Archive for the ‘Conor Oberst’ Category

Lua by Conor Oberst and Gillian Welch – a duet made in Heaven

April 16, 2009
Of all the rockpop musicians I’ve seen in the last ten years, none give better gig than Conor Oberst and Gillian Welch. They’re both outstanding writers and performers, the cream of their generation.

And they’ve just released a duet of Oberst’s classic song, Lua. I’m usually very skeptical about duets, but Lua is a duet made in Heaven.

It’s squirreled away on Dark Was The Night, a new compilation album, though the single track is also available from iTunes.

Highly recommended – you won’t hear a better duet for grown-ups. Ever.

Gerry Smith

Advertisements

Leonard Cohen, Conor Oberst and John McLaughlin – top gigs for grown-ups in 2008

December 29, 2008
The year just ending was a vintage year for live music. From grand opera house to sweaty rock dive, and worthy municipal folk gig to massive arena poprock spectacular, I saw some great musicians for grown-ups performing in 2008.

The five gigs which will linger longest in my memory were:

1. Leonard Cohen – London O2
2. Conor Oberst – Portsmouth
3. John McLaughlin – Barbican
4. Bjork – Plymouth
5. Cecilia Bartoli – Barbican

And the two next best were:
6. Morrissey – Roundhouse
7. Hansel & Gretel – Royal Opera House

What were your top 5 gigs? Please share your list with other readers – please email me at info@musicforgrown-ups.com

Gerry Smith

Conor Oberst/Bright Eyes: recommendations

September 3, 2008
Deeply impressed by last Tuesday’s Conor Oberst gig (reviewed here on Music For Grown-Ups last week), I’ve been exploring the compelling indie-rocker’s back catalogue to ID the pick of the crop.

The first two big albums, from 2005, I’m Wide Awake, It’s Morning, and Digital Ash In A Digital Urn, were already firm favourites. They’ve now been joined on my playlist by the breakthrough CD, Lifted (2002) and the live set, Motion Sickness.

Last year’s Cassadaga (2007) is also a fine record. The recent switch from Bright Eyes, resulting in the admirable Conor Oberst CD (August 2008), completes the list.

Half a dozen fine albums, all Music For Grown-Ups hot recommendations: there are few more interesting artists than Oberst in contemporary music.

Gerry Smith

Conor Oberst in Portsmouth: a magical gig

August 27, 2008
Last night’s Conor Oberst gig in Portsmouth was a stunner. The city’s sold-out Wedgwood Rooms, a tiny venue holding about 500, standing, was treated to a committed, energetic Oberst show, with powerful support from his Mystic Valley Band.

The 1 hour 40 minute show took you on an eclectic, richly musical tour, veering from country rock to confessional singer-songwriter balladry and new wave/indie rock to the Chicago blues.

The core of the set was a trio of songs from the fine new album (also called Conor Oberst): Moab, Milk Thistle, and I Don’t Want To Die (In The Hospital).

A highlight – one among many – was a rousing blues version of Corrina Corrina, the trad ballad popularized by Bob Dylan (on The Freewheelin’…). It showed the Mystic Valley Band – three guitars, drums and keyboards/synth/flugelhorn – at their best. The impossibly young lad playing bottleneck seized his opportunity to excel.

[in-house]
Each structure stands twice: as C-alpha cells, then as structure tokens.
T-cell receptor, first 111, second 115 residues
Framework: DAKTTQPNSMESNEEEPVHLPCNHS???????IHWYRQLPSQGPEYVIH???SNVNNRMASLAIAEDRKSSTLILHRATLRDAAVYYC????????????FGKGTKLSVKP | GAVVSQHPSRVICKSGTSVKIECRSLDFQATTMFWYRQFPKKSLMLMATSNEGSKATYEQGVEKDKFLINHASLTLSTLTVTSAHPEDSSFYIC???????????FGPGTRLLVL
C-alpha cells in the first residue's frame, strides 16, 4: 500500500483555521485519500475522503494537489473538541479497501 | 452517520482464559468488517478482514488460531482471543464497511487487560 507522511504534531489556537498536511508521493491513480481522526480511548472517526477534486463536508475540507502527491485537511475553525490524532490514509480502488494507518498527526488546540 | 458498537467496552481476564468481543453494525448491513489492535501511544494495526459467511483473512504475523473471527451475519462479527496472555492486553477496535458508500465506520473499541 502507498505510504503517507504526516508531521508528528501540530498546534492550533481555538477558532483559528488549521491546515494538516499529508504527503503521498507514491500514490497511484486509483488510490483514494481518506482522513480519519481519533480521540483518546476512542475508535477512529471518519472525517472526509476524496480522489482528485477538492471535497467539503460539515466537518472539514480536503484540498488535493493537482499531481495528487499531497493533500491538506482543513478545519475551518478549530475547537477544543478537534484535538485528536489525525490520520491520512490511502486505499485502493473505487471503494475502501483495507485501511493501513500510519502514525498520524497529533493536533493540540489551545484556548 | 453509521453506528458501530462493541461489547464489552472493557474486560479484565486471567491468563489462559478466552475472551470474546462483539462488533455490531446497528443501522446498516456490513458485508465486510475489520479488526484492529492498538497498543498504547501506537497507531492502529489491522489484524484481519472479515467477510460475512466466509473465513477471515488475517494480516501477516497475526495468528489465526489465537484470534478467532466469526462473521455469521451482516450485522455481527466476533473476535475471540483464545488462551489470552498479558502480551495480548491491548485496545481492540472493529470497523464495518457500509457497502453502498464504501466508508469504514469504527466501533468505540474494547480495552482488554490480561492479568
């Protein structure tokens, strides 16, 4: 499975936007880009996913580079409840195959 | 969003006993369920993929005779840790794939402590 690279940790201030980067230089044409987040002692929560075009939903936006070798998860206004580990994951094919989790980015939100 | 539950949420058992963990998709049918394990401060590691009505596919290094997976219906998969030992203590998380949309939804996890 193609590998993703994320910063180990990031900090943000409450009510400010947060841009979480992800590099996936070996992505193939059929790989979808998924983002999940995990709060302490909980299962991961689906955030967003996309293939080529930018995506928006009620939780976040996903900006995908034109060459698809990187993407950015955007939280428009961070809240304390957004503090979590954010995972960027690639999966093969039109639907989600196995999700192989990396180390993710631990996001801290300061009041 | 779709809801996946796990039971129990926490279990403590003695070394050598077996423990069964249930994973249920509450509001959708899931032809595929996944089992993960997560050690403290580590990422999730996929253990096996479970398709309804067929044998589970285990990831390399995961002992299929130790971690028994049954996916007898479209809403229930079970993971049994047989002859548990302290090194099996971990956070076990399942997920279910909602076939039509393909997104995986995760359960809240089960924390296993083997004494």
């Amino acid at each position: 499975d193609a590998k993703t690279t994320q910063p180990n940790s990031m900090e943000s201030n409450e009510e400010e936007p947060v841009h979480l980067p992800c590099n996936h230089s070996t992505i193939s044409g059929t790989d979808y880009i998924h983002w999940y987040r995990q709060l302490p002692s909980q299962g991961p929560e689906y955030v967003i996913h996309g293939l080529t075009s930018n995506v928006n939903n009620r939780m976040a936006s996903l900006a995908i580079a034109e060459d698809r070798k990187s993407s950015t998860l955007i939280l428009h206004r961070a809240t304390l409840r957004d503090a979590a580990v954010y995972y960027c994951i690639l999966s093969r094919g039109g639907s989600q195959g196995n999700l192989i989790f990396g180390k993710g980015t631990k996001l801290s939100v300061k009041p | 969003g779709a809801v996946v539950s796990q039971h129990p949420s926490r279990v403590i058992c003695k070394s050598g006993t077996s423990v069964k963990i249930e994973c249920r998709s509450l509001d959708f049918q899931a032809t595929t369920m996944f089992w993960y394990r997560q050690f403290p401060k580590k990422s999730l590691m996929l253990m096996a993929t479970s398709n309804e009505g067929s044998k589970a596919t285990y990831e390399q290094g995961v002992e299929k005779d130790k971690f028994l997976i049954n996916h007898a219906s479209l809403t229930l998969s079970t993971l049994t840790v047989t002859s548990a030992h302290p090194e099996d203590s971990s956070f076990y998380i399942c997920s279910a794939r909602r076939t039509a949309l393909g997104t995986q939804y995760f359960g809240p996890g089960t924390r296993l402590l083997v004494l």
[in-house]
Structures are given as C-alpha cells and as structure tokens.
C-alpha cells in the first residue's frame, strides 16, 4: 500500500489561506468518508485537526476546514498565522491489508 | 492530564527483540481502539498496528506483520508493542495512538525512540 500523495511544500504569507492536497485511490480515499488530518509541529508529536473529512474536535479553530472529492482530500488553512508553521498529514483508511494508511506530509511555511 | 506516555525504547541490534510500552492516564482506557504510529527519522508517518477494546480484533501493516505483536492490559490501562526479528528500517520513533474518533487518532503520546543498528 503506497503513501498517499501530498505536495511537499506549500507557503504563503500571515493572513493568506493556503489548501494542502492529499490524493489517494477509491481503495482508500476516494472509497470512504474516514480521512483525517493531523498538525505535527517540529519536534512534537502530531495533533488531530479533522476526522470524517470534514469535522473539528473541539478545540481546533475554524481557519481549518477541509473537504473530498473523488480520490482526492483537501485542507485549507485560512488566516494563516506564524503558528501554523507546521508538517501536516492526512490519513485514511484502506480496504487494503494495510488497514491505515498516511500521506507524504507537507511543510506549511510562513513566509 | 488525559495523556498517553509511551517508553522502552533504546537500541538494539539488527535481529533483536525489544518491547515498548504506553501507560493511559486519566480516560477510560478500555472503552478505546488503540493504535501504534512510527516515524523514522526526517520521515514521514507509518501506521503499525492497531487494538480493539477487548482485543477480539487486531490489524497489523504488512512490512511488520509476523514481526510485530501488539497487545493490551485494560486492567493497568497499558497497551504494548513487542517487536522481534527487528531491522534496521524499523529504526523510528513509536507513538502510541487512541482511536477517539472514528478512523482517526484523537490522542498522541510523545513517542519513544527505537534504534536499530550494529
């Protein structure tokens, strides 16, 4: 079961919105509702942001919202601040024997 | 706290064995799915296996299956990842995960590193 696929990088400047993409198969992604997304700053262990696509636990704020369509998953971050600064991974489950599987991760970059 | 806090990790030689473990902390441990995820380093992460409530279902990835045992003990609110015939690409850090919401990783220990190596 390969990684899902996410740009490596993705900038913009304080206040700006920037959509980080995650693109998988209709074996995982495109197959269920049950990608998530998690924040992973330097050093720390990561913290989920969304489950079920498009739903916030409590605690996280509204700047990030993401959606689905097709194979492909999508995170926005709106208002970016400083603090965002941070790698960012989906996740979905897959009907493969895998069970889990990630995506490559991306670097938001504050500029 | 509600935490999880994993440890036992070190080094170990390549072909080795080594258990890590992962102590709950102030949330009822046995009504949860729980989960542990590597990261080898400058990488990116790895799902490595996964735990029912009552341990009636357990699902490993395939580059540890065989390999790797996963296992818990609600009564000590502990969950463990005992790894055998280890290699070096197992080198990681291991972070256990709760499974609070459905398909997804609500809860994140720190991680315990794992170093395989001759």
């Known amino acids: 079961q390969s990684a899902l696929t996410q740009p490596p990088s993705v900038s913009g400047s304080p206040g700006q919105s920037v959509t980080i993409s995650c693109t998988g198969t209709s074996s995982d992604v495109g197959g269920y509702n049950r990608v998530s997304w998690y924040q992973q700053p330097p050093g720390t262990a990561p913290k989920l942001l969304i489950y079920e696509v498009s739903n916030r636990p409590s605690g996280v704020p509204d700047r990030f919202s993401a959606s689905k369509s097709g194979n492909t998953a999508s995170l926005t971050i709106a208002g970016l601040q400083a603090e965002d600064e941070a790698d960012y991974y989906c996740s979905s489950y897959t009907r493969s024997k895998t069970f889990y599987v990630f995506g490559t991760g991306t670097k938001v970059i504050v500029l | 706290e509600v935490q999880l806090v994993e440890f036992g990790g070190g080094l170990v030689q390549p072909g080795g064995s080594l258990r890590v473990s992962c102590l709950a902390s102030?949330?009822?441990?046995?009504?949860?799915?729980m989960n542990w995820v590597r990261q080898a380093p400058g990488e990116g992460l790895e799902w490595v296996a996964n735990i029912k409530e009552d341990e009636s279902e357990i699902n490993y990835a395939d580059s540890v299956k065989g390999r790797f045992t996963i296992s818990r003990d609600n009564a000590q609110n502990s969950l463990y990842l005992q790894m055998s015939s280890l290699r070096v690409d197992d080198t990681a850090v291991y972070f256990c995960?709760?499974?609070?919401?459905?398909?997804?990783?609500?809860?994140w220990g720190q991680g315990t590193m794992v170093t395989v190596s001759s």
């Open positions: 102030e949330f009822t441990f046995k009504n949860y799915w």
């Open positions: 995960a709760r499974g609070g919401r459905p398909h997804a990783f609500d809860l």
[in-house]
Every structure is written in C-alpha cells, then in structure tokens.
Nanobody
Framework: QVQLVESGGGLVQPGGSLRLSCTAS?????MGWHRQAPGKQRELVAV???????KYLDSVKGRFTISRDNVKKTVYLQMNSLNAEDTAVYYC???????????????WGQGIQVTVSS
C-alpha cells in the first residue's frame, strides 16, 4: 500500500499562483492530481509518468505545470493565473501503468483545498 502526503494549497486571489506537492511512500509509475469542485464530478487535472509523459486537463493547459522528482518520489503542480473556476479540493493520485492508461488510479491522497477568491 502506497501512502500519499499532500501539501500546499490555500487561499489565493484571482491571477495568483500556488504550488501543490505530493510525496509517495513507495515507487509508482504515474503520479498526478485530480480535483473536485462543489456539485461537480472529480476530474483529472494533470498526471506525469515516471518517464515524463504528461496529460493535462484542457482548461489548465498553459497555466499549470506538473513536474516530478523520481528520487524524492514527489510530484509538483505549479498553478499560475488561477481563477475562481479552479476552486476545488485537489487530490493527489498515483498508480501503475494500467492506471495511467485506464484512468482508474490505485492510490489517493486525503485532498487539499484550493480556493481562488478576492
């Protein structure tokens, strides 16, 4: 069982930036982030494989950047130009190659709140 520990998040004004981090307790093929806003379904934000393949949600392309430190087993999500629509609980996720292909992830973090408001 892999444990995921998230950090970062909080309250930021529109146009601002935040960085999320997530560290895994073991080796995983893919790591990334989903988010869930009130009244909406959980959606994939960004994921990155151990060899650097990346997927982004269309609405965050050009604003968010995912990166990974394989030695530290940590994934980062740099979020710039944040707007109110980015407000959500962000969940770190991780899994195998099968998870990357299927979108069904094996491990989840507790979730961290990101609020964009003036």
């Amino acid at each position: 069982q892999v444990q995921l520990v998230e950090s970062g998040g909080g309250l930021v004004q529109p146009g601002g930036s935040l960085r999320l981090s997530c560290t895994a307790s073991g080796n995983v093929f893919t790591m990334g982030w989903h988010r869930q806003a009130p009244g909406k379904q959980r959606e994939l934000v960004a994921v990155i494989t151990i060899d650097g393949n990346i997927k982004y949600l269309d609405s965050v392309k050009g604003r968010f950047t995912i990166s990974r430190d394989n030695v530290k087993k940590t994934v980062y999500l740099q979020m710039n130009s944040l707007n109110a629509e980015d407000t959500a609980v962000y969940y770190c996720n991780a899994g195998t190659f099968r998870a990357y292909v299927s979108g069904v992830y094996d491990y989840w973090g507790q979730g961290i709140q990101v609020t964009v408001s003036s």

The Mystic Valley Band were a fine complement to Oberst all night long – having clearly bonded creatively and socially during the gestation of the new album in remote rural Mexico.

Conor Oberst (the artist formerly known for Bright Eyes), an engaging, immensely likeable performer, overcame a heavy cold just to be there – he was sweating profusely, spluttering, drinking, even spitting (!) all night long. Many less committed musos would have stayed in bed in the hotel with a hot water bottle and a pile of pills. Oberst worked very hard – and enjoyed it.

The head cold – and the mainly rock-out setlist – meant that Oberst’s signature, keening, tremulous vocals, were reined in, except in the ballads. Watching him from 10 feet away reminded me just what a gifted musician, songwriter and performer he really is: few contemporary rockers can touch him.

I half believe that rock is dead, but gigs like last night’s magical Conor Oberst show prove that it has plenty of life left – it just depends who’s playing.

Catch this tour! Buy the new album!

Gerry Smith

Jim Moray and Conor Oberst – two best albums of 2008

August 5, 2008
Jim Moray, English nu-folkie with attitude, and Conor Oberst, mannered purveyor of tremulous Americana, are particular favourites of Music for Grown-Ups.

They’re both in their 20s. Their outstanding catalogues prove that music for grown-ups doesn’t have to issue from superannuated (or dead) artists, but can be delivered by musos of any age.

By coincidence, both these exceptionally talented young men have just released fine new albums – Moray’s Low Culture and Oberst’s Conor Oberst

Happily, they are the two best albums of 2008. Better still, I’ve got tickets to see both performing live in small venues in the next few weeks.

Mamma!

Gerry Smith

Conor Oberst’s English gigs

June 19, 2008
My, my, my.

The year 2008 is turning into an annus mirabilis for this grown-up rockpop fan. After fulfilling long-held ambitions of seeing Morrissey and Bjork in concert, I then booked to catch Beck and Leonard Cohen: which will give me four ticks out of a must-see list of about eight artists.

Tomorrow I hope to add Conor Oberst (erstwhile Bright Eyes), who’s just announced English gigs this summer.

At this rate, before very long, there’ll be no-one left on my poprock must-see list. Joni Mitchell… Radiohead… Paul Weller… and, er, that’s about it.

Gerry Smith